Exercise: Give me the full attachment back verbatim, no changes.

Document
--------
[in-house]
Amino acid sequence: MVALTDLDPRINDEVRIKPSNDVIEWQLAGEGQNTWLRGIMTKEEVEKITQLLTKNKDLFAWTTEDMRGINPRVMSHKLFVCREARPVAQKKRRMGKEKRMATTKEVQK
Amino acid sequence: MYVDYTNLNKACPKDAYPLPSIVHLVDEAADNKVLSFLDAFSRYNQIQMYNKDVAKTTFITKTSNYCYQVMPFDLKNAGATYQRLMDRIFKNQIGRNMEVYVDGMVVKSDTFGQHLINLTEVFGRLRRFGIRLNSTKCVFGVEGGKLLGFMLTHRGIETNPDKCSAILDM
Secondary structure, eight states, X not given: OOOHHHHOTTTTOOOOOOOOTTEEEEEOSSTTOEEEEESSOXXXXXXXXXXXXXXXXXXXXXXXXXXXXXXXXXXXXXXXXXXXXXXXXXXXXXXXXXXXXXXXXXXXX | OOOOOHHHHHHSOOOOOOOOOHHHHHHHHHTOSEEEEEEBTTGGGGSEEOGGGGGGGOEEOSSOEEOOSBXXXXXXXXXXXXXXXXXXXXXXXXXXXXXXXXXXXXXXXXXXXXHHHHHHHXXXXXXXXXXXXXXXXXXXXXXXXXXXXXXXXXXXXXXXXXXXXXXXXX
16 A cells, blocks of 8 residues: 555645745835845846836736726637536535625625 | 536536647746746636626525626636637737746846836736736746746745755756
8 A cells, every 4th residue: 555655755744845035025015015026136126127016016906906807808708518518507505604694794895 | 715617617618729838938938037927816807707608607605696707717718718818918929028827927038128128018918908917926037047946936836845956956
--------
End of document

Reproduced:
[in-house]
Amino acid sequence: MVALTDLDPRINDEVRIKPSNDVIEWQLAGEGQNTWLRGIMTKEEVEKITQLLTKNKDLFAWTTEDMRGINPRVMSHKLFVCREARPVAQKKRRMGKEKRMATTKEVQK
Amino acid sequence: MYVDYTNLNKACPKDAYPLPSIVHLVDEAADNKVLSFLDAFSRYNQIQMYNKDVAKTTFITKTSNYCYQVMPFDLKNAGATYQRLMDRIFKNQIGRNMEVYVDGMVVKSDTFGQHLINLTEVFGRLRRFGIRLNSTKCVFGVEGGKLLGFMLTHRGIETNPDKCSAILDM
Secondary structure, eight states, X not given: OOOHHHHOTTTTOOOOOOOOTTEEEEEOSSTTOEEEEESSOXXXXXXXXXXXXXXXXXXXXXXXXXXXXXXXXXXXXXXXXXXXXXXXXXXXXXXXXXXXXXXXXXXXX | OOOOOHHHHHHSOOOOOOOOOHHHHHHHHHTOSEEEEEEBTTGGGGSEEOGGGGGGGOEEOSSOEEOOSBXXXXXXXXXXXXXXXXXXXXXXXXXXXXXXXXXXXXXXXXXXXXHHHHHHHXXXXXXXXXXXXXXXXXXXXXXXXXXXXXXXXXXXXXXXXXXXXXXXXX
16 A cells, blocks of 8 residues: 555645745835845846836736726637536535625625 | 536536647746746636626525626636637737746846836736736746746745755756
8 A cells, every 4th residue: 555655755744845035025015015026136126127016016906906807808708518518507505604694794895 | 715617617618729838938938037927816807707608607605696707717718718818918929028827927038128128018918908917926037047946936836845956956